* requested. For this reason; #GtkWidget caches a small number of results
* to avoid re-querying for the same sizes in one allocation cycle.
*
* See <link linkend="container-geometry-management">GtkContainer's
* geometry management section</link>
* to learn more about how height-for-width allocations are performed
* by container widgets.
*
* If a widget does move content around to smartly use up the
* allocated size, then it must support the request properly in
* both orientations; even if the request only makes sense in
* one orientation.
* allocated size, then it must support the request in both
* #GtkSizeRequestModes even if the widget in question only
* trades sizes in a single orientation.
*
* For instance, a #GtkLabel that does height-for-width word wrapping
* will not expect to have #GtkWidgetClass.get_preferred_height() called because that
* call is specific to a width-for-height request. In this case the
* label must return the heights contextual to its minimum possible
* width. By following this rule any widget that handles height-for-width
* or width-for-height requests will always be allocated at least
* enough space to fit its own content.
* will not expect to have #GtkWidgetClass.get_preferred_height() called
* because that call is specific to a width-for-height request. In this
* case the label must return the heights required for it's own minimum
* possible width. By following this rule any widget that handles
* height-for-width or width-for-height requests will always be allocated
* at least enough space to fit its own content.
*
* Here are some examples of how a %GTK_SIZE_REQUEST_HEIGHT_FOR_WIDTH widget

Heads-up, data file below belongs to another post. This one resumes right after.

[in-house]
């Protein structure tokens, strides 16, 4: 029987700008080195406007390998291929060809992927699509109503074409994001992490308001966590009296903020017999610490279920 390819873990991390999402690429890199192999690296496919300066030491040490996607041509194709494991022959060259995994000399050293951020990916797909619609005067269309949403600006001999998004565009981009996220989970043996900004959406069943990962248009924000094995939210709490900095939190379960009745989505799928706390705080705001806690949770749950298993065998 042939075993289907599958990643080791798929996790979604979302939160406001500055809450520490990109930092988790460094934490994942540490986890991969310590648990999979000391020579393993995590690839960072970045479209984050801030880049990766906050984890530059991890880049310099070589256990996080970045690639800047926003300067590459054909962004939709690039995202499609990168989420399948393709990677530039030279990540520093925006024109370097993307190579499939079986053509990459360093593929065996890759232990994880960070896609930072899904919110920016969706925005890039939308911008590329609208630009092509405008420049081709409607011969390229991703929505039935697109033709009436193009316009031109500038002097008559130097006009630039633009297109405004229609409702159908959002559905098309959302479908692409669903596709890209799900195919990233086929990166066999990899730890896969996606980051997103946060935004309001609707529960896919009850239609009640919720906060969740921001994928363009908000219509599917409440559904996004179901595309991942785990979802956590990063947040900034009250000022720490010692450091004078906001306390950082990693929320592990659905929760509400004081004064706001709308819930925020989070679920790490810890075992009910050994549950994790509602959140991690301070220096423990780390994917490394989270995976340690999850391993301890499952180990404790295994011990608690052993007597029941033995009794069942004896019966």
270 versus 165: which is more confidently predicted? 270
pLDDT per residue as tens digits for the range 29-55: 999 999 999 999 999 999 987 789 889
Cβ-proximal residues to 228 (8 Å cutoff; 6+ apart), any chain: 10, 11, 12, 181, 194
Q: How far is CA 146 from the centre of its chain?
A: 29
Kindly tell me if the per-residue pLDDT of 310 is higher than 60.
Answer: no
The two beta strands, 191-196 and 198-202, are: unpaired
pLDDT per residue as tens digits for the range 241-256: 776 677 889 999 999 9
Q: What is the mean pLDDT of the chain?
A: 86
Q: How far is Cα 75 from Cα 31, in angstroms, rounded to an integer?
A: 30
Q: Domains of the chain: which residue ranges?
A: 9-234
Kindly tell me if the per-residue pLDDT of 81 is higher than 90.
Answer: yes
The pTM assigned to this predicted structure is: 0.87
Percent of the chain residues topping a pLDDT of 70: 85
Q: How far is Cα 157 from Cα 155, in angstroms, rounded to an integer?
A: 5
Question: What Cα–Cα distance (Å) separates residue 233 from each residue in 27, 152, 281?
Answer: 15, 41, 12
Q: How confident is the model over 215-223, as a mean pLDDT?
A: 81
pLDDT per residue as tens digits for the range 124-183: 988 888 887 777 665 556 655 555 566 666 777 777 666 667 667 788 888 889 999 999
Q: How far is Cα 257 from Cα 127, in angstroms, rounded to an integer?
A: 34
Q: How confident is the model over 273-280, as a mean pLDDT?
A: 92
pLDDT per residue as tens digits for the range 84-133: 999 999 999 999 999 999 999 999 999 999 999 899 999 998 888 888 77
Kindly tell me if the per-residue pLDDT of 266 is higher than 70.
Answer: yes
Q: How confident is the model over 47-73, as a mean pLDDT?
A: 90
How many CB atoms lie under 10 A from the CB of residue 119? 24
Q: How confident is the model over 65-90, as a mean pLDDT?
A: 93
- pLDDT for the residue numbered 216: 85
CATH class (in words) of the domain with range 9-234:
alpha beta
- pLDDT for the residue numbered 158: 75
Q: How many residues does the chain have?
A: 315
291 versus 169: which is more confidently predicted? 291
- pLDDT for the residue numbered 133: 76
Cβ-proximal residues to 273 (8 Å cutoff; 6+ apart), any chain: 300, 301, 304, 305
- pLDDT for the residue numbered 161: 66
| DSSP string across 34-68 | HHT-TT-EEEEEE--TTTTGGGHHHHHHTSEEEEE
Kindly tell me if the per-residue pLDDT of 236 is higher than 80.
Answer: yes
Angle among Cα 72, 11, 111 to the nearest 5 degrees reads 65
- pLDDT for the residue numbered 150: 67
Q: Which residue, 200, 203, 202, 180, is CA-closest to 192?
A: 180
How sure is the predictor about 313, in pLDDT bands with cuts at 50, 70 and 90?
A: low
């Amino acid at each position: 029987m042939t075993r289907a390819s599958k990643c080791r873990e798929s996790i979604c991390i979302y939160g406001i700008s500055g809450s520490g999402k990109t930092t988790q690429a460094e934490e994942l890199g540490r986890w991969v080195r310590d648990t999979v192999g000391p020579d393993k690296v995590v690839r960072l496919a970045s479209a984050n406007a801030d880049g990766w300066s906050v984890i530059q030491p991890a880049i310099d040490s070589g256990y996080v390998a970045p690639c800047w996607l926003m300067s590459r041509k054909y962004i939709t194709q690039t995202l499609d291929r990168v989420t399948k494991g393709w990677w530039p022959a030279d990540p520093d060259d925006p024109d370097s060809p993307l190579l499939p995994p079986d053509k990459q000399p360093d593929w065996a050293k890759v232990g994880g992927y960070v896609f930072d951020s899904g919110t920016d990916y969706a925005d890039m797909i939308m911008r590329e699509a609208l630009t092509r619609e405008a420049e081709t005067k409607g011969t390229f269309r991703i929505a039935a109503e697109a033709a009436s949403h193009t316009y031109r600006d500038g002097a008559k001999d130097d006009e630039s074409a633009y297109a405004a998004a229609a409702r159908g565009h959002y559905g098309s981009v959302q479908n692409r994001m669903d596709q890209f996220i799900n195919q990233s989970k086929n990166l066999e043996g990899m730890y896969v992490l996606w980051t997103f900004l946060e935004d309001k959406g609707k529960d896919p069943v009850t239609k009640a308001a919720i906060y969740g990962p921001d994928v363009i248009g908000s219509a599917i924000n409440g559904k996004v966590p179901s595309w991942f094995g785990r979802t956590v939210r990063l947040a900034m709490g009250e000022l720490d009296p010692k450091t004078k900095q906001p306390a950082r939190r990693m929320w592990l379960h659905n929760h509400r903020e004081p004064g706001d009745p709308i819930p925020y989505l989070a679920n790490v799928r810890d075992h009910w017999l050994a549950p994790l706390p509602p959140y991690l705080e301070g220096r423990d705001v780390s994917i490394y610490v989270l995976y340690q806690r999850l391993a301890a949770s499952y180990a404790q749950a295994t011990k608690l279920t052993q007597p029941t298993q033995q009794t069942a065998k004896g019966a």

* generally deals with width-for-height requests, for #GtkWidgetClass.get_preferred_height()
* it will do:
* <programlisting><![CDATA[
* static void
* foo_widget_get_preferred_height (GtkWidget *widget, gint *min_height, gint *nat_height)
* {
* if (i_am_in_height_for_width_mode)
* {
* gint min_width;
*
* GTK_WIDGET_GET_CLASS (widget)->get_preferred_width (widget, &min_width, NULL);
* GTK_WIDGET_GET_CLASS (widget)->get_preferred_height_for_width (widget, min_width,
* min_height, nat_height);
* }
* else
* {
* ... some widgets do both, for instance if a GtkLabel is rotated to 90 degrees
* it will return the minimum and natural height for the rotated label here.
* }
* }
* ]]></programlisting>
*
* And in #GtkWidgetClass.get_preferred_width_for_height() it will simply return
* the minimum and natural width:
*
* <programlisting><![CDATA[
* static void
* foo_widget_get_preferred_width_for_height (GtkWidget *widget, gint for_height,
* gint *min_width, gint *nat_width)
* {
* if (i_am_in_height_for_width_mode)
* {
* GTK_WIDGET_GET_CLASS (widget)->get_preferred_width (widget, min_width, nat_width);
* }
* else
* {
* ... again if a widget is sometimes operating in width-for-height mode
* (like a rotated GtkLabel) it can go ahead and do it's real width for
* height calculation here.
* }
* }
* ]]></programlisting>
*
* Often a widget needs to get its own request during size request or
* allocation, for example when computing height it may need to also
* compute width, or when deciding how to use an allocation the widget may
* need to know its natural size. In these cases, the widget should be
* careful to call its virtual methods directly, like this:
* compute width, or when deciding how to use an allocation the widget
* may need to know its natural size. In these cases, the widget should
* be careful to call its virtual methods directly, like this:
* <example>
* <title>Widget calling its own size request method.</title>
* <programlisting>
* GTK_WIDGET_GET_CLASS(widget)-&gt;get_preferred_width (widget), &min, &natural);
* GTK_WIDGET_GET_CLASS(widget)-&gt;get_preferred_width (widget),
* &min, &natural);
* </programlisting>
* </example>
*
......